Updated on October 1, 2015
Blue Ocean Institute Fellow Dr. Demian Chapman, is leading a scientific research expedition in the Bahamian Shark Sanctuary. Chapman’s team is conducting groundbreaking research on the movements and behavior patterns of different shark species in an attempt to better understand and protect them.
Christine O’Connell, a science communicator at the Alan Alda Center for Communicating Science at Stony Brook University, is part of Chapman’s team and is blogging about their experiences from the Bahamas.
Read on and stay tuned for dispatches from the field!
THE BERRIES – PART 1
April 26, 2014, Christine O’Connell
The past 2 days we spent at the Berry Islands – a small, relatively uninhabited patch of islands in the Bahamas. The water here looked like a patchwork of aqua blue and emerald green stained glass. You could see straight down to the bottom. In the distance, the ocean just seemed to melt into the sky. The berries have lots of nooks and crannies, lined with mazes of mangroves that open up into shallow lagoons – perfect habitat for juvenile sharks.
The mangroves were teeming with wildlife: ibis and osprey flying overhead, manta rays and sting rays gliding through the water, little bait fish schooling beneath us, bigger fish like grouper and barracuda trolling the mangrove edges looking for a meal, and heaps of sea turtles darting back and fourth through the canals. The mangroves are quite the hangout place and lots of different animals use them as nursery grounds, including lemon sharks.
We caught and tagged three lemon sharks on Wednesday. We would have had four but one snapped the line. I caught a newborn lemon, it was around 2 feet long and only about one month old! In contrast, Mark caught one of the biggest lemons of the day – over 5 feet, and probably a few years old. As you can imagine, the smaller sharks are much easier to handle, but you still have to be really careful.
When working with sharks, you don’t just have to worry about getting bit, but also getting smacked by the tail (which packs a punch). And, if the shark’s skin scrapes against you fast in the wrong direction, you’ll end up with rug burn. A shark’s “skin” is made up rows of microscopic tooth like scales that lay flat against its body. If you move your hand from the tip of the nose to the tail, it feels smooth and leathery, but if you move your hand back the other way, it pushes up against the scales and feels like sandpaper.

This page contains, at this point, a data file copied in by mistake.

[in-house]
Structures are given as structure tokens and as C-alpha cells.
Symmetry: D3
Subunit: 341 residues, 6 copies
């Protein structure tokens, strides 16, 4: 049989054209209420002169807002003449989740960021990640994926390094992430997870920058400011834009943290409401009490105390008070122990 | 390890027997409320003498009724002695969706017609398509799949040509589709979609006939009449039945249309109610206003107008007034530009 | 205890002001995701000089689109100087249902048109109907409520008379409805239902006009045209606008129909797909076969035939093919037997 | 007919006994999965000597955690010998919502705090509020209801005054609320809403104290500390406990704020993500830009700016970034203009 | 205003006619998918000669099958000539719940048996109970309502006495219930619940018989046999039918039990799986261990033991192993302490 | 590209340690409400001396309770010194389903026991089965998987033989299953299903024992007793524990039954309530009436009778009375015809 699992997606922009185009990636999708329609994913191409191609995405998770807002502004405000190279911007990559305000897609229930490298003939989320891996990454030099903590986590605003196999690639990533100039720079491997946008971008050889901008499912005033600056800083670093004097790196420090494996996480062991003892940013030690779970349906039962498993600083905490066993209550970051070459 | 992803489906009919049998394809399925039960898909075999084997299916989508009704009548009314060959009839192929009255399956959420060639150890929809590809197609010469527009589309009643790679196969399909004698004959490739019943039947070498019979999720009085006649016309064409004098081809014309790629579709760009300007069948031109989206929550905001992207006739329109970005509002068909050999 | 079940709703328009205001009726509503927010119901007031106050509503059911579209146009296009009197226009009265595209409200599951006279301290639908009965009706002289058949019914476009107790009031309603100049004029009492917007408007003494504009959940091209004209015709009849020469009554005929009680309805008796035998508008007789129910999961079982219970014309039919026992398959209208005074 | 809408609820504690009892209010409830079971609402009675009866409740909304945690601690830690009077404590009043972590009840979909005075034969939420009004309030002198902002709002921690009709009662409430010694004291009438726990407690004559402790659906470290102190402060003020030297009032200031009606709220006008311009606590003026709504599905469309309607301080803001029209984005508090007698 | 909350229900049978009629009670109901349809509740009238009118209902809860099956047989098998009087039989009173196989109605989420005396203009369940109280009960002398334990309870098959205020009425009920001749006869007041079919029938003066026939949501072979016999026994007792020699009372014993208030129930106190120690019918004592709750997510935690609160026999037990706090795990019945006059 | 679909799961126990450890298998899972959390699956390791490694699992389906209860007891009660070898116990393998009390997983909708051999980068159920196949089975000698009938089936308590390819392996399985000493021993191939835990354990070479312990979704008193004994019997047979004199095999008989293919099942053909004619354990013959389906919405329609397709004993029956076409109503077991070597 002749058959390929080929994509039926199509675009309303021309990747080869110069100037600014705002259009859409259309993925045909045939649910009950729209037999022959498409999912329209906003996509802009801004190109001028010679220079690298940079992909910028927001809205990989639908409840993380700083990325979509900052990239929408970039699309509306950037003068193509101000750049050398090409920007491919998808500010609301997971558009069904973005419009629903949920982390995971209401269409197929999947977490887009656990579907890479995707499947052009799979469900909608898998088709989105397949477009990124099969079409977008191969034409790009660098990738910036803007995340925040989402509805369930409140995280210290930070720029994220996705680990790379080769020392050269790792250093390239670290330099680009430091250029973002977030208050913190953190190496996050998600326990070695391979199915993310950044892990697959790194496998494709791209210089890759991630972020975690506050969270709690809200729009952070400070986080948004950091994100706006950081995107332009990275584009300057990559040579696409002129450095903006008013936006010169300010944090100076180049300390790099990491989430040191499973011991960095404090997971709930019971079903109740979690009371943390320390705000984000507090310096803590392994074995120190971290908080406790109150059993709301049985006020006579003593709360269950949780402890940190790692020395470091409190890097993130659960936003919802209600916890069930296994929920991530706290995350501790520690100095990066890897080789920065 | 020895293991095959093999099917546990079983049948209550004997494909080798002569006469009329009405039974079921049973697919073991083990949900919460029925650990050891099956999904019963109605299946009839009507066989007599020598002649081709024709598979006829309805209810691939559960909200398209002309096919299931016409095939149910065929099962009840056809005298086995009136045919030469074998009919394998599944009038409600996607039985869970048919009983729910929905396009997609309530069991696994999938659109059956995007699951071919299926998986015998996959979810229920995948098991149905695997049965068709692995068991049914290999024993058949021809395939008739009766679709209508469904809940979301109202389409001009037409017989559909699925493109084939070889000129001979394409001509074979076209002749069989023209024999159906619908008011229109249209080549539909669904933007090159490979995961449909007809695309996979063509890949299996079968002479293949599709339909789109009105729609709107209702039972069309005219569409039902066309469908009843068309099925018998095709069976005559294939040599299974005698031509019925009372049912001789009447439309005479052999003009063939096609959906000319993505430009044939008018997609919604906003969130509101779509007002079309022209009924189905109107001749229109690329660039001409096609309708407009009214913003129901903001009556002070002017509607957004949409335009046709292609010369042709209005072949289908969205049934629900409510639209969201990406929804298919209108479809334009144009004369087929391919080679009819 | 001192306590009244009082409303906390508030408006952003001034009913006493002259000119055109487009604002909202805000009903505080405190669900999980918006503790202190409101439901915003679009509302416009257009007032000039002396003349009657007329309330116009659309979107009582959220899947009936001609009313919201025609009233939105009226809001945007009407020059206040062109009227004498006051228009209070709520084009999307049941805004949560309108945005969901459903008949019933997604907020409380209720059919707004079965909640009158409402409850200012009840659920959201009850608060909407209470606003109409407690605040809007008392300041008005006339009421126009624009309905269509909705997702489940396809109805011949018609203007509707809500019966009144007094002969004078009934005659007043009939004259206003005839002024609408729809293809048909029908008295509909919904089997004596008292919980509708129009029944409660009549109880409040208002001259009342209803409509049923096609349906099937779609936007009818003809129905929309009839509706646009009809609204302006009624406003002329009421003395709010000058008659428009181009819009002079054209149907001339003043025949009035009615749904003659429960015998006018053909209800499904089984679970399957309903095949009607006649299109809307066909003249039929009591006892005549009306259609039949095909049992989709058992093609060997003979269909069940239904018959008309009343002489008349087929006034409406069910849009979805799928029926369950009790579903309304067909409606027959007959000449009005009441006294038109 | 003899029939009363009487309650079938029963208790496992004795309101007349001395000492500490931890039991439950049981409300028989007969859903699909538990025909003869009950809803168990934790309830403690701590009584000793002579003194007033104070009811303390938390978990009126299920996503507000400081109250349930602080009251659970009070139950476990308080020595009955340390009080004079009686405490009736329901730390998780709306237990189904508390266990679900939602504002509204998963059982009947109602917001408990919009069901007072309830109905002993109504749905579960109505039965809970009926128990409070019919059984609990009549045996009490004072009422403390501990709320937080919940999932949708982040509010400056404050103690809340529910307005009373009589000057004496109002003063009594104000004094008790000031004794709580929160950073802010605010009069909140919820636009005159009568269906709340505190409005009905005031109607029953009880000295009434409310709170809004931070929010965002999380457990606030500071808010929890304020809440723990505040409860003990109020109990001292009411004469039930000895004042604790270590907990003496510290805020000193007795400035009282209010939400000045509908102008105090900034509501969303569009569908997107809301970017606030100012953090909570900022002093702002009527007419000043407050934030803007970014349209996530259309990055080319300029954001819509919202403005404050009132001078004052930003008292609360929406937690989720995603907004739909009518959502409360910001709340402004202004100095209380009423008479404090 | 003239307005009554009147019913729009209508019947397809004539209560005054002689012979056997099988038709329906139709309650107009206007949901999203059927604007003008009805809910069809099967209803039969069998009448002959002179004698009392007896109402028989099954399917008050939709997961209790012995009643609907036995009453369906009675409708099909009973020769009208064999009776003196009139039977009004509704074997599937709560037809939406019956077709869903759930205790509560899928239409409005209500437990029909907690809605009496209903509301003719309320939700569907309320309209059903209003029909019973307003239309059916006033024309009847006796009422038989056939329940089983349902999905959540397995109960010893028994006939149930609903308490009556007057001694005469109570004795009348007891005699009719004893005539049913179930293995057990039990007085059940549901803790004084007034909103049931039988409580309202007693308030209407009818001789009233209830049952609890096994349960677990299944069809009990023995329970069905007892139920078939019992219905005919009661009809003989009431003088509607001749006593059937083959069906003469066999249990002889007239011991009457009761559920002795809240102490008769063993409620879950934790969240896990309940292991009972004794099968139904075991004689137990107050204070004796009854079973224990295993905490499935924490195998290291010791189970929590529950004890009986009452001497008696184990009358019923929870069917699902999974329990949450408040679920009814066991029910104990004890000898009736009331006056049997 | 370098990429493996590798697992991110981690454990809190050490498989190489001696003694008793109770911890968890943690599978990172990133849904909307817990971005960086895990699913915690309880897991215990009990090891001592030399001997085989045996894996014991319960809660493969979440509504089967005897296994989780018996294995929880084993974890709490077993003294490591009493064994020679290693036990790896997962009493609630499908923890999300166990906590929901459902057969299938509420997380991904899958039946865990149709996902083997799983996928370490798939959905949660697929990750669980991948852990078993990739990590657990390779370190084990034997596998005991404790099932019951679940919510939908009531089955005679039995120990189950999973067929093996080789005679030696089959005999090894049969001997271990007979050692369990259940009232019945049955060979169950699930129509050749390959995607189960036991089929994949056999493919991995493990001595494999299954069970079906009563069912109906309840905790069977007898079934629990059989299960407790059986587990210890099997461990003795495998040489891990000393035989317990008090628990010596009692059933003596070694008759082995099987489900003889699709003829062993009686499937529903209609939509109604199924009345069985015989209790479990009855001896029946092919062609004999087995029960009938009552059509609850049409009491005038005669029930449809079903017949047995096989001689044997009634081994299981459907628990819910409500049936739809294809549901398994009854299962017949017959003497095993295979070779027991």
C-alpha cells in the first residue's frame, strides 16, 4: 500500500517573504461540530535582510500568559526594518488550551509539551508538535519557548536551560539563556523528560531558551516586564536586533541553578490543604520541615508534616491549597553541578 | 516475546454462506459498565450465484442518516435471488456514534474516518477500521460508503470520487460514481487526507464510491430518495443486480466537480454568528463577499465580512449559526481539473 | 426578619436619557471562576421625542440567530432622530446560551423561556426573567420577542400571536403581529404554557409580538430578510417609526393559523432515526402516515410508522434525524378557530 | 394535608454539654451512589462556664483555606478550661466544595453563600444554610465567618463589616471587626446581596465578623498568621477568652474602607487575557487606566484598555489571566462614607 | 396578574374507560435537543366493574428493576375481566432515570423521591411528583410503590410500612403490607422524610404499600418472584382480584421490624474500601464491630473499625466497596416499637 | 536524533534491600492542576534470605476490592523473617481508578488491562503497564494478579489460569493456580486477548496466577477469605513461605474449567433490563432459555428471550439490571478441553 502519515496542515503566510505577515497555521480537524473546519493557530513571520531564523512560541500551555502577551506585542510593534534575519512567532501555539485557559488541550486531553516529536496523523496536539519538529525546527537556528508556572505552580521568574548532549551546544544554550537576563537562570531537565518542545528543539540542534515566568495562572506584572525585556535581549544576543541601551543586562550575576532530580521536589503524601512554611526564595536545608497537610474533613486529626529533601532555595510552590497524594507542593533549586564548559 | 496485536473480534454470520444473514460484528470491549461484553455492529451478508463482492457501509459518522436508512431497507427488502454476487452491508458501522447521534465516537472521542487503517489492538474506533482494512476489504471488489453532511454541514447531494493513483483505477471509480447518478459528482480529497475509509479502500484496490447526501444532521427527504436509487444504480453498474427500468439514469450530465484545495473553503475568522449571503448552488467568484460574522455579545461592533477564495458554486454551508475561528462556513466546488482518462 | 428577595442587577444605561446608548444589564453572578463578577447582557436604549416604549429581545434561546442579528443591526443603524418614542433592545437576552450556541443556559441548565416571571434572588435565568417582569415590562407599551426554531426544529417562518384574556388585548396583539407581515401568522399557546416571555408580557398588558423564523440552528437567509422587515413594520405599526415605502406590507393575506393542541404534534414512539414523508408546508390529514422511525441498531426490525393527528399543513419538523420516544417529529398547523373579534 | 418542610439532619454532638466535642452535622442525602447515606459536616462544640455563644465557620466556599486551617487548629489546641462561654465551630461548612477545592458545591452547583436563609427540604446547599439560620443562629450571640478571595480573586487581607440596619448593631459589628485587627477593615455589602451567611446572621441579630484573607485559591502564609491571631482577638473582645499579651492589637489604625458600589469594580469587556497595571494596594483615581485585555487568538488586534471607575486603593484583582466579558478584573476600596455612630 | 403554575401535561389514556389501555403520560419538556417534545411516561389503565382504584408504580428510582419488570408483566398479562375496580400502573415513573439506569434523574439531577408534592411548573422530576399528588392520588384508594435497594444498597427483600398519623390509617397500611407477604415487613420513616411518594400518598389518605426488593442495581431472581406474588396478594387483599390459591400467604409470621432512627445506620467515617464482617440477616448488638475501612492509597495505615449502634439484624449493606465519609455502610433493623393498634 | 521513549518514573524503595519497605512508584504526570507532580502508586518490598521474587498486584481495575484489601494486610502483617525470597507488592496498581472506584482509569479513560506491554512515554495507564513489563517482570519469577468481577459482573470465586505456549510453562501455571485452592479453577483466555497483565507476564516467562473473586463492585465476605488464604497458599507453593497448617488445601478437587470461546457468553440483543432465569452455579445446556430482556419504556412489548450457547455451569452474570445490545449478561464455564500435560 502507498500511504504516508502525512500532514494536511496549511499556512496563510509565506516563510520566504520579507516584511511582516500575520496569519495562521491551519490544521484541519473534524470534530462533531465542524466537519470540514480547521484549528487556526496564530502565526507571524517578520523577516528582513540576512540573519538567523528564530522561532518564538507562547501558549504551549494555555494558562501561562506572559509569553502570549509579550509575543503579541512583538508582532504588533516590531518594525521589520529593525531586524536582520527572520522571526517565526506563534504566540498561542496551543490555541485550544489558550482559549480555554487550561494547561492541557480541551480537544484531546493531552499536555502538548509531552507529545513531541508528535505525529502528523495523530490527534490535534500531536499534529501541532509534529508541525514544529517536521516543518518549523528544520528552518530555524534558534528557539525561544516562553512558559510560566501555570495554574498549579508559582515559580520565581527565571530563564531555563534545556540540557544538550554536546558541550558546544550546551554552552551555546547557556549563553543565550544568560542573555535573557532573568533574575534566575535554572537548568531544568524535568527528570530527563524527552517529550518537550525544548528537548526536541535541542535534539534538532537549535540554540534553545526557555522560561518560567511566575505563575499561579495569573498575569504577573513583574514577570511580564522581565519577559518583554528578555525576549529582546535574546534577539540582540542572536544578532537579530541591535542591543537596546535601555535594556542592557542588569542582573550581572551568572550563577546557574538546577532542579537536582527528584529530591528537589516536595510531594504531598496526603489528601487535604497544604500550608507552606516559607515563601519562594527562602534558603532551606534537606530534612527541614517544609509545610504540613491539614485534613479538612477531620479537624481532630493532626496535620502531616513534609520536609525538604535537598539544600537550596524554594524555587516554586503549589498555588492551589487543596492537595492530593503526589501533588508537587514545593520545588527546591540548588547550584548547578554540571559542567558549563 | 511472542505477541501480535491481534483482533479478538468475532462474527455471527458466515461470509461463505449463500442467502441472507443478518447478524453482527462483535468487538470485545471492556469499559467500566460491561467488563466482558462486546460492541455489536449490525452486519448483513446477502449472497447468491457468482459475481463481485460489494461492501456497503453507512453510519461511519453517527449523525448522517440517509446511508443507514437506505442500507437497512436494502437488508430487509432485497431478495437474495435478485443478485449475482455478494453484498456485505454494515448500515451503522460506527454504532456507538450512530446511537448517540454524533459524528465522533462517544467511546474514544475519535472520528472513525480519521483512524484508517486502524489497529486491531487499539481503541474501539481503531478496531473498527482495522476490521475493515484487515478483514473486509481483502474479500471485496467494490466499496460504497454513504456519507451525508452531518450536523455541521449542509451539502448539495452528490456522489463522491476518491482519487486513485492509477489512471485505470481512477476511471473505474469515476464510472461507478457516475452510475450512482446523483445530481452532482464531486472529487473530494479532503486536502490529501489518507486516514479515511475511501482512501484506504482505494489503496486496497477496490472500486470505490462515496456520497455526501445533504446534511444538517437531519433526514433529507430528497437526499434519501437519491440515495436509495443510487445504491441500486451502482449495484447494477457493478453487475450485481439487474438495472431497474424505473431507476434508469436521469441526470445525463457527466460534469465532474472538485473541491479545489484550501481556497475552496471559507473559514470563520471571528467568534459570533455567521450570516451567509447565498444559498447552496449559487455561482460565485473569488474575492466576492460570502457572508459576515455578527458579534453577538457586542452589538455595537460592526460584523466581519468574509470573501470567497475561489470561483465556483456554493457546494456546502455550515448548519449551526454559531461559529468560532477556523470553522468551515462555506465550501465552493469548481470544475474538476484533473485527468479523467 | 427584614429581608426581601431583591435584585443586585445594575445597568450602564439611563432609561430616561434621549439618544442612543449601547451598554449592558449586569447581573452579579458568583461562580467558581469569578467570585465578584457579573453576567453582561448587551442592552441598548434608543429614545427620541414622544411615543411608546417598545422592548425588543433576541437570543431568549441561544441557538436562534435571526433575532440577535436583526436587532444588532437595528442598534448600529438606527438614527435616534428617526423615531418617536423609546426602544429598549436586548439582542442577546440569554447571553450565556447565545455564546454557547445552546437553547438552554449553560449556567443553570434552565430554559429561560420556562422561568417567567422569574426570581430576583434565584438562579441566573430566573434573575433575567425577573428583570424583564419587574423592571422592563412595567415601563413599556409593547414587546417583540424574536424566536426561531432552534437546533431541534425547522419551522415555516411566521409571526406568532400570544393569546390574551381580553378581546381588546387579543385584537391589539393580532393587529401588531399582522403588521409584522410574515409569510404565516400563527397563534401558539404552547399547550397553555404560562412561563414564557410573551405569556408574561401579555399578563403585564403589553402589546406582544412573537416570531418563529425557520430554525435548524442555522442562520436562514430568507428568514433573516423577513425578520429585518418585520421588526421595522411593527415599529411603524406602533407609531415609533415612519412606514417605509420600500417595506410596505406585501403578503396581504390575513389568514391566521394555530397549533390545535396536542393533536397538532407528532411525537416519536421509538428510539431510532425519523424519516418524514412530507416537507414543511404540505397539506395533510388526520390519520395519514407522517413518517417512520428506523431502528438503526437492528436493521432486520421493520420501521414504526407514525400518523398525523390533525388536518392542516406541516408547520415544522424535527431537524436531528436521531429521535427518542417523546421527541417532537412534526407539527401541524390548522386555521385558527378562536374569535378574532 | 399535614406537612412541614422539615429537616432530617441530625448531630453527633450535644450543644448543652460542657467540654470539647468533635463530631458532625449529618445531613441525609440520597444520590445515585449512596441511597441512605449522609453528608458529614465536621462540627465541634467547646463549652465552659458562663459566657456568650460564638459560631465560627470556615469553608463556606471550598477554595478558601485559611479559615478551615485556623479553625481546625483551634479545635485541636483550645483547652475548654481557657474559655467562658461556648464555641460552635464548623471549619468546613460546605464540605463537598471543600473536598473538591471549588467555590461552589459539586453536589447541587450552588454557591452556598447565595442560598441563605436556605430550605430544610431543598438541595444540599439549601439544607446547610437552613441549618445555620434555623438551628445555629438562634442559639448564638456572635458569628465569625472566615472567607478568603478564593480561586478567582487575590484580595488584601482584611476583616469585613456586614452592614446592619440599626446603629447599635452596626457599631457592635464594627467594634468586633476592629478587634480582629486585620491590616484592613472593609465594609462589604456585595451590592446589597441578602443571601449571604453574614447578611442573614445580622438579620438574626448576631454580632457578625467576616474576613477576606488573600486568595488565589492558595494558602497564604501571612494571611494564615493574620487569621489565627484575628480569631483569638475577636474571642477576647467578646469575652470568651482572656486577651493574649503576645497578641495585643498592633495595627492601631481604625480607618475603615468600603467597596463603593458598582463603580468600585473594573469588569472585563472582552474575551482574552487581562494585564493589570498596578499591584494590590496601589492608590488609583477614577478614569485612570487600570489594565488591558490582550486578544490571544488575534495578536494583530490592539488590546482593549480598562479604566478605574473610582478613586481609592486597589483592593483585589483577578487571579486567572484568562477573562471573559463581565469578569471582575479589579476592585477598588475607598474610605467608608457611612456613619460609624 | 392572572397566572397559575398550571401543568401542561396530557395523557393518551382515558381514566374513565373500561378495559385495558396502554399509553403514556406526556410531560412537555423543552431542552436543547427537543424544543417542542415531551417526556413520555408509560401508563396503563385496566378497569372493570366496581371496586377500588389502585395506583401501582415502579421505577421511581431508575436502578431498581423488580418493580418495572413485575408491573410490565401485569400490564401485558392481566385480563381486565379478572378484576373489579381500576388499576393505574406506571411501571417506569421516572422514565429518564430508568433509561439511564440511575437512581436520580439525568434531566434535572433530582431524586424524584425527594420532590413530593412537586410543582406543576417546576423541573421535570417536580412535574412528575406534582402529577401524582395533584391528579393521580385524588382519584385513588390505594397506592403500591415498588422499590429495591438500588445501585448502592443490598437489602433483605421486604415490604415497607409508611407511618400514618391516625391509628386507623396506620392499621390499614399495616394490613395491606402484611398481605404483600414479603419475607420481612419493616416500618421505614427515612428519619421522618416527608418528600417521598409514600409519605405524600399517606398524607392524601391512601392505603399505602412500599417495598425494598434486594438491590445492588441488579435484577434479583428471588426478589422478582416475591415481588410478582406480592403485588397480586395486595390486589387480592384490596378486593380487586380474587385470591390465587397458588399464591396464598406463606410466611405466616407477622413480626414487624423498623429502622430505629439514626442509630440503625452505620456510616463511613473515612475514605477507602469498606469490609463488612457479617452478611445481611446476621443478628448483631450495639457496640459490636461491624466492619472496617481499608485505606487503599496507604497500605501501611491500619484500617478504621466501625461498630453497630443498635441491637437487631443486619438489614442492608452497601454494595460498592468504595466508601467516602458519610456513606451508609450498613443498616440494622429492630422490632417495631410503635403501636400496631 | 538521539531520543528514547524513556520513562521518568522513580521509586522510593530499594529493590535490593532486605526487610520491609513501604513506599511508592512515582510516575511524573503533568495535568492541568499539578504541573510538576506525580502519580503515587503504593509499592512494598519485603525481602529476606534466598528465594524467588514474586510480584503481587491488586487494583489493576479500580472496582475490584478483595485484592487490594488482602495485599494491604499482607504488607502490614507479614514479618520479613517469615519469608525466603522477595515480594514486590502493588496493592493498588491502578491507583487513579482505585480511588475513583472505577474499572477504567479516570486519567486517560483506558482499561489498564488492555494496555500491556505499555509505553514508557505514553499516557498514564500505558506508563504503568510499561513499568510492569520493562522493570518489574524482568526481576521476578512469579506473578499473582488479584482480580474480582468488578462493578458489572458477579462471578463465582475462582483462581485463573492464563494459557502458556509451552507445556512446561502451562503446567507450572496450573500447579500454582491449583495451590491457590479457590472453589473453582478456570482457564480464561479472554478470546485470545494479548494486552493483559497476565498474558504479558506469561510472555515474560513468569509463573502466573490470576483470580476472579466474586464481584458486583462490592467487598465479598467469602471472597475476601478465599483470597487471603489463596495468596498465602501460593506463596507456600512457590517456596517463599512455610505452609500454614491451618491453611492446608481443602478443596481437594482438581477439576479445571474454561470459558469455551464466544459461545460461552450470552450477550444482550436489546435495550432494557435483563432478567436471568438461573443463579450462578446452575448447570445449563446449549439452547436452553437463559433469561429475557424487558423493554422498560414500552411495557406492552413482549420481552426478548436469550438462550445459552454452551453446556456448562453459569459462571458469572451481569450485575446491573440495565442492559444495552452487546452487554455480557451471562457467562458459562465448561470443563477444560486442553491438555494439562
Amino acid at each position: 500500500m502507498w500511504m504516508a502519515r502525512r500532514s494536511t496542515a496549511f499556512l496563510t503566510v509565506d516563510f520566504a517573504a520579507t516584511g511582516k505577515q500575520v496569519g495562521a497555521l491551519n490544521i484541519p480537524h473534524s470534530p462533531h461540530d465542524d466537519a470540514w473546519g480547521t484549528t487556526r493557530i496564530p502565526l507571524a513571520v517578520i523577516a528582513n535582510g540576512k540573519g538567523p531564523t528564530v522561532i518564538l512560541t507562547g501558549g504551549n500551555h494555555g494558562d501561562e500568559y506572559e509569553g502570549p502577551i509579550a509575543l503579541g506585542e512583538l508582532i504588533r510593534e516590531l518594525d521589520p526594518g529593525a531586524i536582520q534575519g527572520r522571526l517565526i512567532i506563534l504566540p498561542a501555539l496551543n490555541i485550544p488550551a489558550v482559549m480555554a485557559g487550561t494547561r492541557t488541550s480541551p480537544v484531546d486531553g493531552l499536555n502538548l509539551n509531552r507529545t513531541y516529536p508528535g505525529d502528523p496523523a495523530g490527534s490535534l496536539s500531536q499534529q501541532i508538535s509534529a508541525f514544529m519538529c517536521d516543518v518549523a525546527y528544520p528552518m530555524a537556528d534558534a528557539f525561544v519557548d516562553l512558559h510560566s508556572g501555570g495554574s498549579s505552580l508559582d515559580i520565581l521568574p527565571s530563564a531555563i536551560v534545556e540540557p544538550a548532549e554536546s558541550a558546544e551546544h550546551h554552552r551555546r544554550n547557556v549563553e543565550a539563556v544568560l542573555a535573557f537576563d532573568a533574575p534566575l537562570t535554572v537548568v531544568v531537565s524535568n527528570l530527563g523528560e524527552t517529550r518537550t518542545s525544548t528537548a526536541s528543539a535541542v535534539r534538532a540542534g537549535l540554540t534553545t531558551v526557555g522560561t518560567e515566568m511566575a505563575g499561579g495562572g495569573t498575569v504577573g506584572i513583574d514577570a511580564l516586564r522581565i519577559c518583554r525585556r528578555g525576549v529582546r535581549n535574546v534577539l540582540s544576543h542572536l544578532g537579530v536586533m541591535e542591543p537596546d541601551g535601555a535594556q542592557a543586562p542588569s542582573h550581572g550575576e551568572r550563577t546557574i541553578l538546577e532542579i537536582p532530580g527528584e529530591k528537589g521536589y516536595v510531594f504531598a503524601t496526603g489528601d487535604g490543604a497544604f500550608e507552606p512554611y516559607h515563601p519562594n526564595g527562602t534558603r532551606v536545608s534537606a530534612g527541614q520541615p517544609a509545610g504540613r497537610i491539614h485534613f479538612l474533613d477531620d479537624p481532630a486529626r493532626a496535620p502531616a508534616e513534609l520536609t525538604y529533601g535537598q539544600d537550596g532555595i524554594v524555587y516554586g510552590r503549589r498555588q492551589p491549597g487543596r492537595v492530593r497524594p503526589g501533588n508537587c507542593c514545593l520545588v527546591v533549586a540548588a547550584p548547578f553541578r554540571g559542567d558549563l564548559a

To make the shark more comfortable while the team is taking their measurements, Mark gently turns the shark on its back with its white belly exposed to the sky. This puts the shark in a meditative state called “tonic.” It also makes it easier for us to work with the shark.
The DNA samples we take from the sharks are being analyzed by Kevin Feldheim, from the Pritzker Lab at the Chicago Field Museum. Kevin was on the first leg of this trip on Grand Bahama Island. So far, members of the team have shown that, although all the same species, there are genetically independent populations of sharks on different islands in the Bahamas. They have seen genetic differences in species as little as 150 km apart (about 93 miles or the distance from New York City to Philadelphia). This means there is surprisingly small-scale genetic structure in lemon sharks, a finding that is unprecedented in shark research. This also means you have to manage sharks on a fine scale. The more places/samples we get – the better the resolution of this genetic diversity.
THE BERRIES – PART 2
April 26, 2014, Christine O’Connell
We started the day early and spent the morning at a location Mark named Pink House. It’s a beautiful spot nestled behind some small islands with shallow flats and filled with mangroves. A baby lemon shark paradise. Last year they caught 8 sharks at this site.
We put out the chum crate and cast out our lines. After a while, we ended up hooking a decent size male lemon shark. Mark pulled it along side the boat and I took the DNA sample. I got to put the tag in on this one, which was really exciting. The tag goes right at the base of the dorsal fin, so it is out of the way and doesn’t interfere with the shark at all. The skin around the tag heals up quickly, similar to an earring in the lobe of your ear, and stays with the shark as it grows. We take note of the tag number. If the shark is ever caught, either by a fishermen or a researcher, they will (hopefully) call in the tag number to a special hotline and the team can track the shark’s growth and movements.
As we were finishing up, the fishing line on the back of the boat started getting pulled out really fast. We hooked another! I jumped up and ran over to it. This one was a struggle to reel in. I stayed with it – pulled the rod tip up slowly when it pulled back, and lowered the rod tip down and reeled in fast when the line went slack. By the way it was pulling, I thought this shark would be a good size. However, as I reeled it in closer, I soon realized that it wasn’t a shark on my line at all, but a huge (for my standards) mutton snapper instead.
We spent a few more hours at various spots in the cove. We caught a small nurse shark, but released it right away. Nurse sharks are actually doing quite well and are not targeted by fisheries, so they are not part of this study. There was another lemon that kept coming close to us, but never took the bait. We gave up around noon and headed back to the boat.
Shark research takes a lot of patience, knowledge and skill. I was lucky to be able to learn from some of the best shark researchers out there. All and all, the team has tagged about 70 sharks over the past 2 years!
We left the Berries and headed to Nassau to drop me off (back to NY sadly) and pick up more team members for the Cat Island section with the oceanic whitetips. I’m sad to miss this leg of the trip, but will keep in touch with the team and continue to give updates from the field over the next few weeks – so stay tuned!